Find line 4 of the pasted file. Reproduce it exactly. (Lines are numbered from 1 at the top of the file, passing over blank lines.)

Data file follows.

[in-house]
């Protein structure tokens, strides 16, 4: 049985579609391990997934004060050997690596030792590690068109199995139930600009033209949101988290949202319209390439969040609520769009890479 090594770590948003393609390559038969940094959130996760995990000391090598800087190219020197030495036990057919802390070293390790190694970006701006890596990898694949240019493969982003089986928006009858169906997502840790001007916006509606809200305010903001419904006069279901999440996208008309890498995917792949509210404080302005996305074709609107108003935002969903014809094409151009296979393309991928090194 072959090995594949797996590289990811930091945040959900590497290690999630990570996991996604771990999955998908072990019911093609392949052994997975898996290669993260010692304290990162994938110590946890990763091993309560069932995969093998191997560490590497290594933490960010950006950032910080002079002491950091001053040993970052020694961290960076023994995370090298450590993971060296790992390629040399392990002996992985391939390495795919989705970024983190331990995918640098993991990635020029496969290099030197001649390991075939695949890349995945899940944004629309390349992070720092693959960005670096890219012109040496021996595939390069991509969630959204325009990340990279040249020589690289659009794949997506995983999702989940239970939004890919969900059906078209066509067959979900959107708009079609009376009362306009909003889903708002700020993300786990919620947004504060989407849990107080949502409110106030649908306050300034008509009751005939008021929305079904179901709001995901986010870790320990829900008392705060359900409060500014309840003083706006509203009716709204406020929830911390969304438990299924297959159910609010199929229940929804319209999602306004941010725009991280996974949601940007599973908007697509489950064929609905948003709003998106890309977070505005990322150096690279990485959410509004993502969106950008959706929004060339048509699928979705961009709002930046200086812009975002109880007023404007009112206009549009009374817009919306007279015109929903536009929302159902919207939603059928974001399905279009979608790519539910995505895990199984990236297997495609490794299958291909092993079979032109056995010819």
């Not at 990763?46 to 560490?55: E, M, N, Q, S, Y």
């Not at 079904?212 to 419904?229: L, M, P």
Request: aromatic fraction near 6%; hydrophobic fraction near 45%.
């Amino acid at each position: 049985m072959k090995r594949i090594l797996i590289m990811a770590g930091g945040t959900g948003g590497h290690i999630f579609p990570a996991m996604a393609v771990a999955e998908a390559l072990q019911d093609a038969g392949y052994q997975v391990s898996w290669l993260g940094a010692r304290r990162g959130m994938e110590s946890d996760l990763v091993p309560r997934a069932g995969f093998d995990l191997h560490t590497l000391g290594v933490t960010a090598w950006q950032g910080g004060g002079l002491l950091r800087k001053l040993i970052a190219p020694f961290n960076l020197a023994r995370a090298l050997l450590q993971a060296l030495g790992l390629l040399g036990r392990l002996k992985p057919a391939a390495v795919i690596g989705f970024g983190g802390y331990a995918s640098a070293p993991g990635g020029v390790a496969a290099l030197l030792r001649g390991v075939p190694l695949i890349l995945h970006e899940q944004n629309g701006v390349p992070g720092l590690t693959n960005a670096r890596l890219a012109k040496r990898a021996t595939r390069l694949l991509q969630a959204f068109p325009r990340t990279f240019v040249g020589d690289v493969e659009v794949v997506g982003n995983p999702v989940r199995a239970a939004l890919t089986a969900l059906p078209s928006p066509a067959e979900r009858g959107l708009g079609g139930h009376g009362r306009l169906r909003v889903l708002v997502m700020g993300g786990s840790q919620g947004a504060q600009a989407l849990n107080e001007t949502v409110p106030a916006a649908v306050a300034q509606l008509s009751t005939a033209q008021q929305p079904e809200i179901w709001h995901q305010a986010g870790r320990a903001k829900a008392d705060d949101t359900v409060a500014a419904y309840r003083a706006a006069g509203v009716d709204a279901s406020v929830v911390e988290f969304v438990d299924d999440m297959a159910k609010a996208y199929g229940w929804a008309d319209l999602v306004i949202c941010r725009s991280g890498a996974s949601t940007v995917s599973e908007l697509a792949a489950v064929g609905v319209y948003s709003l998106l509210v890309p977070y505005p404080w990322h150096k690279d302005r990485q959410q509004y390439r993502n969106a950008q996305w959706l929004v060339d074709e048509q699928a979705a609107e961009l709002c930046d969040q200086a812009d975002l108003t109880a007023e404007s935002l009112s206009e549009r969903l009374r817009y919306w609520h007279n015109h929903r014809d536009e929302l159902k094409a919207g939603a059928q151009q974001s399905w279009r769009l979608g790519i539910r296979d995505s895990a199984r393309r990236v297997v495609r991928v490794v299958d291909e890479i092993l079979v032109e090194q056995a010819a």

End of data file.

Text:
């Not at 079904?212 to 419904?229: L, M, P």